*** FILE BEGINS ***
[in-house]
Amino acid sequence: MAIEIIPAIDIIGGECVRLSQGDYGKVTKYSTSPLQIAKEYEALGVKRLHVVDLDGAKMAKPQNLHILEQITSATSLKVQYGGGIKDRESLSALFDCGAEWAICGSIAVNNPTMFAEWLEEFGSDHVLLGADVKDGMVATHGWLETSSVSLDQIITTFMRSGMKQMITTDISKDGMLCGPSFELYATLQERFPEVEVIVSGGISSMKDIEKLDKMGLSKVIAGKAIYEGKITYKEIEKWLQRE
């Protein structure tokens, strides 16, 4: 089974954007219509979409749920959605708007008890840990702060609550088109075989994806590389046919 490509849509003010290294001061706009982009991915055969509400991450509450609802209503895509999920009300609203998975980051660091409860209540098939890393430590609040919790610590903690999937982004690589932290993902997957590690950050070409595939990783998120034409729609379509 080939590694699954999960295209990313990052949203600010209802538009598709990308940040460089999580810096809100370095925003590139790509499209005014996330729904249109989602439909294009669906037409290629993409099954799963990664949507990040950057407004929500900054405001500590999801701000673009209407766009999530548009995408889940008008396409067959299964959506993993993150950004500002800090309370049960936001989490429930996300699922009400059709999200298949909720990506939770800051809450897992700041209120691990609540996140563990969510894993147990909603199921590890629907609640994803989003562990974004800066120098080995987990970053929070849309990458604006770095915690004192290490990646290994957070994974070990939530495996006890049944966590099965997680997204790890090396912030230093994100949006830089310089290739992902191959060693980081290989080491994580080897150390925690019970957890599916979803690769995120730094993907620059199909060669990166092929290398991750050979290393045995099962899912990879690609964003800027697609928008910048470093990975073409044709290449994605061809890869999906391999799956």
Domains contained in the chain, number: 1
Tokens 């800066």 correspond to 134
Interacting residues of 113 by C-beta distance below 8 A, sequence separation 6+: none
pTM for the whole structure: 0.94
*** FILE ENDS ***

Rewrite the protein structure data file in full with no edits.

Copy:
[in-house]
Amino acid sequence: MAIEIIPAIDIIGGECVRLSQGDYGKVTKYSTSPLQIAKEYEALGVKRLHVVDLDGAKMAKPQNLHILEQITSATSLKVQYGGGIKDRESLSALFDCGAEWAICGSIAVNNPTMFAEWLEEFGSDHVLLGADVKDGMVATHGWLETSSVSLDQIITTFMRSGMKQMITTDISKDGMLCGPSFELYATLQERFPEVEVIVSGGISSMKDIEKLDKMGLSKVIAGKAIYEGKITYKEIEKWLQRE
């Protein structure tokens, strides 16, 4: 089974954007219509979409749920959605708007008890840990702060609550088109075989994806590389046919 490509849509003010290294001061706009982009991915055969509400991450509450609802209503895509999920009300609203998975980051660091409860209540098939890393430590609040919790610590903690999937982004690589932290993902997957590690950050070409595939990783998120034409729609379509 080939590694699954999960295209990313990052949203600010209802538009598709990308940040460089999580810096809100370095925003590139790509499209005014996330729904249109989602439909294009669906037409290629993409099954799963990664949507990040950057407004929500900054405001500590999801701000673009209407766009999530548009995408889940008008396409067959299964959506993993993150950004500002800090309370049960936001989490429930996300699922009400059709999200298949909720990506939770800051809450897992700041209120691990609540996140563990969510894993147990909603199921590890629907609640994803989003562990974004800066120098080995987990970053929070849309990458604006770095915690004192290490990646290994957070994974070990939530495996006890049944966590099965997680997204790890090396912030230093994100949006830089310089290739992902191959060693980081290989080491994580080897150390925690019970957890599916979803690769995120730094993907620059199909060669990166092929290398991750050979290393045995099962899912990879690609964003800027697609928008910048470093990975073409044709290449994605061809890869999906391999799956």
Domains contained in the chain, number: 1
Tokens 């800066």 correspond to 134
Interacting residues of 113 by C-beta distance below 8 A, sequence separation 6+: none
pTM for the whole structure: 0.94